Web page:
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Publication numberUS5930197 A
Publication typeGrant
Application numberUS 08/901,771
Publication dateJul 27, 1999
Filing dateJul 28, 1997
Priority dateJul 8, 1994
Fee statusPaid
Also published asUS5740115
Publication number08901771, 901771, US 5930197 A, US 5930197A, US-A-5930197, US5930197 A, US5930197A
InventorsKoichiro Ishibashi, Kunihiro Komiyaji, Kiyotsugu Ueda, Hiroshi Toyoshima
Original AssigneeHitachi, Ltd., Hitachi Ulsi Engineering Corp.
Export CitationBiBTeX, EndNote, RefMan
External Links: USPTO, USPTO Assignment, Espacenet
Semiconductor memory device
US 5930197 A
Abstract
A semiconductor memory device is provided which is able to supply data at high speed to a microprocessor (MPU) without being affected by the dispersion of power supply voltage, temperature and production process conditions. A semiconductor chip includes an address buffer, a decoder, a word driver, data lines, a sense amplifier, a main amplifier, an output buffer, and a PLL to which an external clock is applied. The PLL generates controls signals Φ1 through Φ7 with their phases shifted in turn, and supplies them to those internal circuits ranging from the address buffer to the output buffer. The PLL can control the phases of these control signals to be constant without being affected by the variations of temperature and power supply voltage. Thus, the internal circuits are precharged or equalized by the control signals, and then operated by the control signals to amplify data signal in turn. Therefore, the operating cycle time can be shortened as compared with the access time, and the access time can be kept constant.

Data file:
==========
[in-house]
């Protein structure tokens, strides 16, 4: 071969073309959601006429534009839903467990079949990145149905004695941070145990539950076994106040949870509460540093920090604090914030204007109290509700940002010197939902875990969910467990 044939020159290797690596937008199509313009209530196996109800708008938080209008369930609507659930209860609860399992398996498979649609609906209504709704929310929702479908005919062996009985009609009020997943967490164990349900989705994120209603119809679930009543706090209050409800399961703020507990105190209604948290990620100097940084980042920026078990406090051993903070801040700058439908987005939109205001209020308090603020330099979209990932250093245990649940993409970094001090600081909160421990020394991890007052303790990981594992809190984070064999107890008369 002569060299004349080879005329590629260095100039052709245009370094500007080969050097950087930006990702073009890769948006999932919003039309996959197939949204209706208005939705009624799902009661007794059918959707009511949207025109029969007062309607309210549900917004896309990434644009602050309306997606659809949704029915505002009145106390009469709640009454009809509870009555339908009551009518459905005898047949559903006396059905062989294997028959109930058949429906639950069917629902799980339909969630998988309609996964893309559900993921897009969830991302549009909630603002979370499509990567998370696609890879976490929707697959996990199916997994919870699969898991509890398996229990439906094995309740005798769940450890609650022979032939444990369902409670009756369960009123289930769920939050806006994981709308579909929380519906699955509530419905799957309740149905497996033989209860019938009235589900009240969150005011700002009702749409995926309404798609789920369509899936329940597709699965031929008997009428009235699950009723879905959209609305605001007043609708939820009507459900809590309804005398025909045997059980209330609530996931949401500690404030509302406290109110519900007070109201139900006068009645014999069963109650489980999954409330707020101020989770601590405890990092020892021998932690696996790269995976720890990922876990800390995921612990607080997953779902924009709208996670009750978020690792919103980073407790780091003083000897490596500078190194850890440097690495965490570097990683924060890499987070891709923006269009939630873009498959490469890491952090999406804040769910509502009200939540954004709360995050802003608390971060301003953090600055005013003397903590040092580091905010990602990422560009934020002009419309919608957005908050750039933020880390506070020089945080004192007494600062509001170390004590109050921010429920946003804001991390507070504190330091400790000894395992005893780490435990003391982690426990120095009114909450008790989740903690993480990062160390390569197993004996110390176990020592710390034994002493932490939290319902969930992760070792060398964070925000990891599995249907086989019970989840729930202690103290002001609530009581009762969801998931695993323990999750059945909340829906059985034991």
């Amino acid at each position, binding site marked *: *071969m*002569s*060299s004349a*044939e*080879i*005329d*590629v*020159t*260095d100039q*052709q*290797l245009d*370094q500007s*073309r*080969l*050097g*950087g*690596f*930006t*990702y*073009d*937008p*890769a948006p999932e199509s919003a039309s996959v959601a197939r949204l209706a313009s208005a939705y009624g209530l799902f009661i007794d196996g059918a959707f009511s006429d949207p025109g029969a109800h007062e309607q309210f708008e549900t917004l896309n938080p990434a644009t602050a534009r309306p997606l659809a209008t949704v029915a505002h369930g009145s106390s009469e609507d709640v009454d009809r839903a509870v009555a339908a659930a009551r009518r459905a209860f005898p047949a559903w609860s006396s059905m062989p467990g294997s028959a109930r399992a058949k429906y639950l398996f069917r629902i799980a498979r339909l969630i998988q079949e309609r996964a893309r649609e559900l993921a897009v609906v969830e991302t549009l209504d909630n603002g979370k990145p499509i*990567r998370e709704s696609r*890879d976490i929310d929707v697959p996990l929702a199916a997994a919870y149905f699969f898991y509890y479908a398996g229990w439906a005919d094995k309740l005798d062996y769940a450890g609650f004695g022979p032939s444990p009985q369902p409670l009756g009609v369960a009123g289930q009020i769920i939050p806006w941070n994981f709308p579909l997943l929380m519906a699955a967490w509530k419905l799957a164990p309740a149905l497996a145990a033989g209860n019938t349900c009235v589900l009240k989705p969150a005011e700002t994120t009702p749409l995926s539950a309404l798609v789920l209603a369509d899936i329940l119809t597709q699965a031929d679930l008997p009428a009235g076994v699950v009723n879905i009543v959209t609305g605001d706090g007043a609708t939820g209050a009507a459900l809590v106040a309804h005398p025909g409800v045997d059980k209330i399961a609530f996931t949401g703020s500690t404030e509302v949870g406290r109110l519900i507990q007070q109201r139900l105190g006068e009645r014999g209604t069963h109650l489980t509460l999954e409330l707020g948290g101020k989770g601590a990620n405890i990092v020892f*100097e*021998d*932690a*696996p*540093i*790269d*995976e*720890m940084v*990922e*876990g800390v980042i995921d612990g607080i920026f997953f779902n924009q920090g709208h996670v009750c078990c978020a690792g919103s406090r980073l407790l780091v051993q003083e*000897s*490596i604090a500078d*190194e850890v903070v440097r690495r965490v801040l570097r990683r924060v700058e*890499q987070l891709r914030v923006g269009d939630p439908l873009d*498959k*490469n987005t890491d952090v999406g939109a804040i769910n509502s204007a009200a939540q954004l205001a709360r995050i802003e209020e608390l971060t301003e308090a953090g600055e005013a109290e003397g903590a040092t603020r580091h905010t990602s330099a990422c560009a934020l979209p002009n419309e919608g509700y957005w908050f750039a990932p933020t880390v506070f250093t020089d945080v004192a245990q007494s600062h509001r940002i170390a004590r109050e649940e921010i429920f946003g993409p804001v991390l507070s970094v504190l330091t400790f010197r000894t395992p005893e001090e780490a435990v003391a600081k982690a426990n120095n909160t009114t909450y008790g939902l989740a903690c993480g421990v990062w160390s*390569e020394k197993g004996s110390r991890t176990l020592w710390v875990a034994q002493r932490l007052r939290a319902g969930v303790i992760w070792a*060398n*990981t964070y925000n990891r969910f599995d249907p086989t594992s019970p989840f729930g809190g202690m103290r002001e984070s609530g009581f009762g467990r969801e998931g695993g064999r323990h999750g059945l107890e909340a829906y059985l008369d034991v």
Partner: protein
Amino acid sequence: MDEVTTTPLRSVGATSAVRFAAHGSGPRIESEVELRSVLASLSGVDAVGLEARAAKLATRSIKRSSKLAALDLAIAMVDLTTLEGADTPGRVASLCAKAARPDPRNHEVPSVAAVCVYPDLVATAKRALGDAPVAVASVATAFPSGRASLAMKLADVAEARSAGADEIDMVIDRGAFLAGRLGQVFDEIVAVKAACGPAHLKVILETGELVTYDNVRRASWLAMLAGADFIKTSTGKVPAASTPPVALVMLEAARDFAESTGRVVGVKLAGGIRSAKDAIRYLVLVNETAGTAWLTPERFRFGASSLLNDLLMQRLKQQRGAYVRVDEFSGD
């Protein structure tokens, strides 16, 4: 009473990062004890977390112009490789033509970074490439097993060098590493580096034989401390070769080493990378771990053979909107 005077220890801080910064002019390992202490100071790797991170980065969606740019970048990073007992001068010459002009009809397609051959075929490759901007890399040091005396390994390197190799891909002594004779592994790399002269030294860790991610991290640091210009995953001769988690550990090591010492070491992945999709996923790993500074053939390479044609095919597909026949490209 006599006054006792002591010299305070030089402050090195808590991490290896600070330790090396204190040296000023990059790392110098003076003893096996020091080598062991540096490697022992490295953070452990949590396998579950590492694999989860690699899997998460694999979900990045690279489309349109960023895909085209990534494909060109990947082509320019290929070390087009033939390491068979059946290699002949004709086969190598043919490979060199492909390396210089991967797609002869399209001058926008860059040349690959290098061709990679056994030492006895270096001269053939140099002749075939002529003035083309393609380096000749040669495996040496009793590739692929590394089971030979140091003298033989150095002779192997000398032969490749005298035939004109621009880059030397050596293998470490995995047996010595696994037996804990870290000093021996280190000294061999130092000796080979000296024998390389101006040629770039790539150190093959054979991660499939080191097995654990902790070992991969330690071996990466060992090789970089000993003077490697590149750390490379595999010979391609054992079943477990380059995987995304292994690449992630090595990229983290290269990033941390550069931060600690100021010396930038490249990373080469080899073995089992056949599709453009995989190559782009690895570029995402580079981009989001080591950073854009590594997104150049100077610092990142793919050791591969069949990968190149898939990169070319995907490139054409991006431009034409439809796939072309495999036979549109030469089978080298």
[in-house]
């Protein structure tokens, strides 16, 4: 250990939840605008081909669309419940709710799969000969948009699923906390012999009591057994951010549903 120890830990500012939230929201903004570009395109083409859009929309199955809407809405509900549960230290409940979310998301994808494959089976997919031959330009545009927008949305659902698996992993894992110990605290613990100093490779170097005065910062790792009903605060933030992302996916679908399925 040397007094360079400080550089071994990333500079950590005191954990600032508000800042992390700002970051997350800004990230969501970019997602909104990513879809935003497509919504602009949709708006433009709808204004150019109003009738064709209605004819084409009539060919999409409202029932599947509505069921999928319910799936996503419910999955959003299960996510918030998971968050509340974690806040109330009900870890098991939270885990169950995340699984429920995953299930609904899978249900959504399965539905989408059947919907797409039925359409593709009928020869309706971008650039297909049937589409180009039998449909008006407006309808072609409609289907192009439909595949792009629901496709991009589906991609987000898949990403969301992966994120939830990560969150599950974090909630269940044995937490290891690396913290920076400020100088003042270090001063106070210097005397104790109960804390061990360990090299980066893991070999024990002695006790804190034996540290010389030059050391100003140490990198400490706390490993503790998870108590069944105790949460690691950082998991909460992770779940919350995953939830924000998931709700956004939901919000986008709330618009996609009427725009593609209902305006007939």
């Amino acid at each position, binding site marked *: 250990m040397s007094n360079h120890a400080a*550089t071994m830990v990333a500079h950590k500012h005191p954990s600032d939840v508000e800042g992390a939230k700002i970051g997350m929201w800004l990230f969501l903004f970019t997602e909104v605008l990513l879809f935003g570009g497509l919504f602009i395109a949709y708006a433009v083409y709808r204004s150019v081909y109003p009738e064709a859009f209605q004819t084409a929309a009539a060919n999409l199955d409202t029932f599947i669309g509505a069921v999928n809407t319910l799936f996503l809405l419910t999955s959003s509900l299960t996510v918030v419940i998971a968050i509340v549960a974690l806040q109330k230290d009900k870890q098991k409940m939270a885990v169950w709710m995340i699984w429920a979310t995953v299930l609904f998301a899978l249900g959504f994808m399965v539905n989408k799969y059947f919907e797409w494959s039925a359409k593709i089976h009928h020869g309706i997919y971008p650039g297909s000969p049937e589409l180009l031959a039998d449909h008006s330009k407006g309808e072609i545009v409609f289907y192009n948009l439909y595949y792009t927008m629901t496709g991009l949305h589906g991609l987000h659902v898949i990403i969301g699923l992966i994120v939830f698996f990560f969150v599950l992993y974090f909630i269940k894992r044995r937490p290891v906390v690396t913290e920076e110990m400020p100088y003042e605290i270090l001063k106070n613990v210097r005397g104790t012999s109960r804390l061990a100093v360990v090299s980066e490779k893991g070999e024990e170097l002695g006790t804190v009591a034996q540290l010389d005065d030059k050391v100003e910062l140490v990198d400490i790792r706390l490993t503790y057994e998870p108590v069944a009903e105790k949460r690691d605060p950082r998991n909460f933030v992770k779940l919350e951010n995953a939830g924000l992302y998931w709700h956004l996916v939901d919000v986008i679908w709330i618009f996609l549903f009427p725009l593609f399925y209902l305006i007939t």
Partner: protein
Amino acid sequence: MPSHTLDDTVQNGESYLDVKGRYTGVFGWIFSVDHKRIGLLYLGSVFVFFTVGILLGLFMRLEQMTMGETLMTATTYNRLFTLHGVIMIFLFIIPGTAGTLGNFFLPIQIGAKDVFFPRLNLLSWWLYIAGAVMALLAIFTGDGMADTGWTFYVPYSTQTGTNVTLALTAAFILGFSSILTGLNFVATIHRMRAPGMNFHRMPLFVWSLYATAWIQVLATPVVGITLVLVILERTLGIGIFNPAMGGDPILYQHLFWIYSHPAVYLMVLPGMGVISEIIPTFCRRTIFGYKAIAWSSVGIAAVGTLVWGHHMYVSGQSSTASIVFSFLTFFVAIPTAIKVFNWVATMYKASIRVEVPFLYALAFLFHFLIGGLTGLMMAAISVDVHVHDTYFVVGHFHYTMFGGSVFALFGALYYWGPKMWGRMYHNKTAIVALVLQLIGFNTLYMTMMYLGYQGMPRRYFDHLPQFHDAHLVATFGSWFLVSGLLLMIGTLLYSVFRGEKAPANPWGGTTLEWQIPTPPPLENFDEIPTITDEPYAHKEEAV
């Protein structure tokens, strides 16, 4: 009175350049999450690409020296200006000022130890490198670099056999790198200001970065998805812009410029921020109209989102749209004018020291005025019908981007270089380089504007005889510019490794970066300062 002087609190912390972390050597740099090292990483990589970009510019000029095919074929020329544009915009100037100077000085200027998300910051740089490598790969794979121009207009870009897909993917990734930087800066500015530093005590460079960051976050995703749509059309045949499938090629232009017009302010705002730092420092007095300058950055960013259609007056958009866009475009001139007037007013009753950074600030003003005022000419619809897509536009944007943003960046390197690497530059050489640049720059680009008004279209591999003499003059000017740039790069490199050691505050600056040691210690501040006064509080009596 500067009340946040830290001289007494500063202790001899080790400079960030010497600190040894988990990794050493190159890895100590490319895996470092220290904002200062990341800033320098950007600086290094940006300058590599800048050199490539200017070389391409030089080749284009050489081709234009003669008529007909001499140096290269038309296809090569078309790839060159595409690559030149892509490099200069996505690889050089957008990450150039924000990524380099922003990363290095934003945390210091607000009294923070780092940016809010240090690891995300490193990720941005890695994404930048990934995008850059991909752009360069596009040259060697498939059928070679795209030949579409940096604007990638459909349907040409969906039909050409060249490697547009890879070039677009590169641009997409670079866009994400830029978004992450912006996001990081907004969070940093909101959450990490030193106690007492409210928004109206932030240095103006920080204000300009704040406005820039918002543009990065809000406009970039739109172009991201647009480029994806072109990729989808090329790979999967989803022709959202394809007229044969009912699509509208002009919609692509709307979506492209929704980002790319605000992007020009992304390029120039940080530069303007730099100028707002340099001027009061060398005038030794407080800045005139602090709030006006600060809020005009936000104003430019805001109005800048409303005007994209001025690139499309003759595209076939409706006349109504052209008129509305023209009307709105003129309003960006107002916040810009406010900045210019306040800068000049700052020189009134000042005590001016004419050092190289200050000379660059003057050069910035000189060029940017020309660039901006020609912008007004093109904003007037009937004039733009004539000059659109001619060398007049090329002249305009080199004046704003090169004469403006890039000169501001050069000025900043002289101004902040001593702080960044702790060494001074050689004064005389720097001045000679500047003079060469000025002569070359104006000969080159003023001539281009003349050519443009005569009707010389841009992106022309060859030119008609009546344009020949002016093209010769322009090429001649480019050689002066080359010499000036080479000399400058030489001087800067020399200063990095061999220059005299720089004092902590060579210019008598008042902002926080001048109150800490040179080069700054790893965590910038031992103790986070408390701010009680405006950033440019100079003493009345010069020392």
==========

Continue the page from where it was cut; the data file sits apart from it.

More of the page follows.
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Claims(3)
What is claimed is:
1. A semiconductor memory device of a synchronous type comprising:
a plurality of word lines, a plurality of data lines, and a plurality of memory cells connected to said plurality of word lines and said plurality of data lines;
an address buffer supplied with an address signal;
a decoder which decodes an address signal from said address buffer;
a word driver which amplifies the output of said decoder and drives said word line;
a sense amplifier which senses a signal on said data line;
a main amplifier which amplifies the signal sensed by said sense amplifier; and
an output buffer which outputs the signal amplified by said main amplifier externally,
wherein the data signal is outputted based on an external clock signal inputted externally, and